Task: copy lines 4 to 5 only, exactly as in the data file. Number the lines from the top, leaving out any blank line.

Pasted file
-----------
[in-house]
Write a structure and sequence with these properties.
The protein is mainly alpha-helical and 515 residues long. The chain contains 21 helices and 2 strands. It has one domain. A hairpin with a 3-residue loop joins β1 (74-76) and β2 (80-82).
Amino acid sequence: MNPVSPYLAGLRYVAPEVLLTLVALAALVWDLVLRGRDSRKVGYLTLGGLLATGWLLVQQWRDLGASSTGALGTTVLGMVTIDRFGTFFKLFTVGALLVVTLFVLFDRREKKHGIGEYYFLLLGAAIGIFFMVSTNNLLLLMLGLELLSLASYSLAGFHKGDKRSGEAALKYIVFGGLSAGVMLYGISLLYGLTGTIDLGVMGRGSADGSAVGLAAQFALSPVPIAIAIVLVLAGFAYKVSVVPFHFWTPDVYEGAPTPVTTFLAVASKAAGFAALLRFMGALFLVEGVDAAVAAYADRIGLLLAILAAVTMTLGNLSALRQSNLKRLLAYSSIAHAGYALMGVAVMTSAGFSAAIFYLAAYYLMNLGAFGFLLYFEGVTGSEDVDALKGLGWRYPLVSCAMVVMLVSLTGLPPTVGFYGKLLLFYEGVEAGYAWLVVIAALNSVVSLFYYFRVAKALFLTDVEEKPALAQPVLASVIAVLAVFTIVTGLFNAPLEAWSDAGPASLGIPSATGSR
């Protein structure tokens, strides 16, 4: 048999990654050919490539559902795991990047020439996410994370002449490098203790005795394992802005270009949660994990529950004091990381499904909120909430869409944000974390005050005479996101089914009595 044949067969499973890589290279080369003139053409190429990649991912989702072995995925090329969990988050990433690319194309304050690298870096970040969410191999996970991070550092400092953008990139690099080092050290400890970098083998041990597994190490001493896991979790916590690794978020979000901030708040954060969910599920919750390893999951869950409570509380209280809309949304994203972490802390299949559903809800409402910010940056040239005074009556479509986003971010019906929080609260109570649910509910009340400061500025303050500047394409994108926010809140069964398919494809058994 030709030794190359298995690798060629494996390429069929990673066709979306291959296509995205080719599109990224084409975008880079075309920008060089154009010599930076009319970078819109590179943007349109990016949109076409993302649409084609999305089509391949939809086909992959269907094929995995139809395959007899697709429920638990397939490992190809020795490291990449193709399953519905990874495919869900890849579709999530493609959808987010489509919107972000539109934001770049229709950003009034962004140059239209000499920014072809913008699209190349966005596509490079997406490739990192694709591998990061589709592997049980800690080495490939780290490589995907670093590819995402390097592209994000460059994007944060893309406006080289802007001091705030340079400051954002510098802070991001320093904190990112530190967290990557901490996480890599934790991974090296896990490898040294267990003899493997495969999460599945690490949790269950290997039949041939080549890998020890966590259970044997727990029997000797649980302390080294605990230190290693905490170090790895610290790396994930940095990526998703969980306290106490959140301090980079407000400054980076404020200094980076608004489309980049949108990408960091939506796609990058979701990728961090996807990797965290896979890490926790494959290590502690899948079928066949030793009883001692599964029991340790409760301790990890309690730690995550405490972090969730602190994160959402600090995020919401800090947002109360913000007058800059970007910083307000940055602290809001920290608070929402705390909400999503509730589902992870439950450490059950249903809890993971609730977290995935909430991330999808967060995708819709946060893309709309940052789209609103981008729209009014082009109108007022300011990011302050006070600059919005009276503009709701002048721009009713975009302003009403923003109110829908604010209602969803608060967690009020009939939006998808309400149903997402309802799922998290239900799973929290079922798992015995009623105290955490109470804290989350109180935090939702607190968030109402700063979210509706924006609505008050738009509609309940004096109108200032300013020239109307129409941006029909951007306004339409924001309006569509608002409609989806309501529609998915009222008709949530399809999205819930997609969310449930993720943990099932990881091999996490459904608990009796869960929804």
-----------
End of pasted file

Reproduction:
Amino acid sequence: MNPVSPYLAGLRYVAPEVLLTLVALAALVWDLVLRGRDSRKVGYLTLGGLLATGWLLVQQWRDLGASSTGALGTTVLGMVTIDRFGTFFKLFTVGALLVVTLFVLFDRREKKHGIGEYYFLLLGAAIGIFFMVSTNNLLLLMLGLELLSLASYSLAGFHKGDKRSGEAALKYIVFGGLSAGVMLYGISLLYGLTGTIDLGVMGRGSADGSAVGLAAQFALSPVPIAIAIVLVLAGFAYKVSVVPFHFWTPDVYEGAPTPVTTFLAVASKAAGFAALLRFMGALFLVEGVDAAVAAYADRIGLLLAILAAVTMTLGNLSALRQSNLKRLLAYSSIAHAGYALMGVAVMTSAGFSAAIFYLAAYYLMNLGAFGFLLYFEGVTGSEDVDALKGLGWRYPLVSCAMVVMLVSLTGLPPTVGFYGKLLLFYEGVEAGYAWLVVIAALNSVVSLFYYFRVAKALFLTDVEEKPALAQPVLASVIAVLAVFTIVTGLFNAPLEAWSDAGPASLGIPSATGSR
């Protein structure tokens, strides 16, 4: 048999990654050919490539559902795991990047020439996410994370002449490098203790005795394992802005270009949660994990529950004091990381499904909120909430869409944000974390005050005479996101089914009595 044949067969499973890589290279080369003139053409190429990649991912989702072995995925090329969990988050990433690319194309304050690298870096970040969410191999996970991070550092400092953008990139690099080092050290400890970098083998041990597994190490001493896991979790916590690794978020979000901030708040954060969910599920919750390893999951869950409570509380209280809309949304994203972490802390299949559903809800409402910010940056040239005074009556479509986003971010019906929080609260109570649910509910009340400061500025303050500047394409994108926010809140069964398919494809058994 030709030794190359298995690798060629494996390429069929990673066709979306291959296509995205080719599109990224084409975008880079075309920008060089154009010599930076009319970078819109590179943007349109990016949109076409993302649409084609999305089509391949939809086909992959269907094929995995139809395959007899697709429920638990397939490992190809020795490291990449193709399953519905990874495919869900890849579709999530493609959808987010489509919107972000539109934001770049229709950003009034962004140059239209000499920014072809913008699209190349966005596509490079997406490739990192694709591998990061589709592997049980800690080495490939780290490589995907670093590819995402390097592209994000460059994007944060893309406006080289802007001091705030340079400051954002510098802070991001320093904190990112530190967290990557901490996480890599934790991974090296896990490898040294267990003899493997495969999460599945690490949790269950290997039949041939080549890998020890966590259970044997727990029997000797649980302390080294605990230190290693905490170090790895610290790396994930940095990526998703969980306290106490959140301090980079407000400054980076404020200094980076608004489309980049949108990408960091939506796609990058979701990728961090996807990797965290896979890490926790494959290590502690899948079928066949030793009883001692599964029991340790409760301790990890309690730690995550405490972090969730602190994160959402600090995020919401800090947002109360913000007058800059970007910083307000940055602290809001920290608070929402705390909400999503509730589902992870439950450490059950249903809890993971609730977290995935909430991330999808967060995708819709946060893309709309940052789209609103981008729209009014082009109108007022300011990011302050006070600059919005009276503009709701002048721009009713975009302003009403923003109110829908604010209602969803608060967690009020009939939006998808309400149903997402309802799922998290239900799973929290079922798992015995009623105290955490109470804290989350109180935090939702607190968030109402700063979210509706924006609505008050738009509609309940004096109108200032300013020239109307129409941006029909951007306004339409924001309006569509608002409609989806309501529609998915009222008709949530399809999205819930997609969310449930993720943990099932990881091999996490459904608990009796869960929804």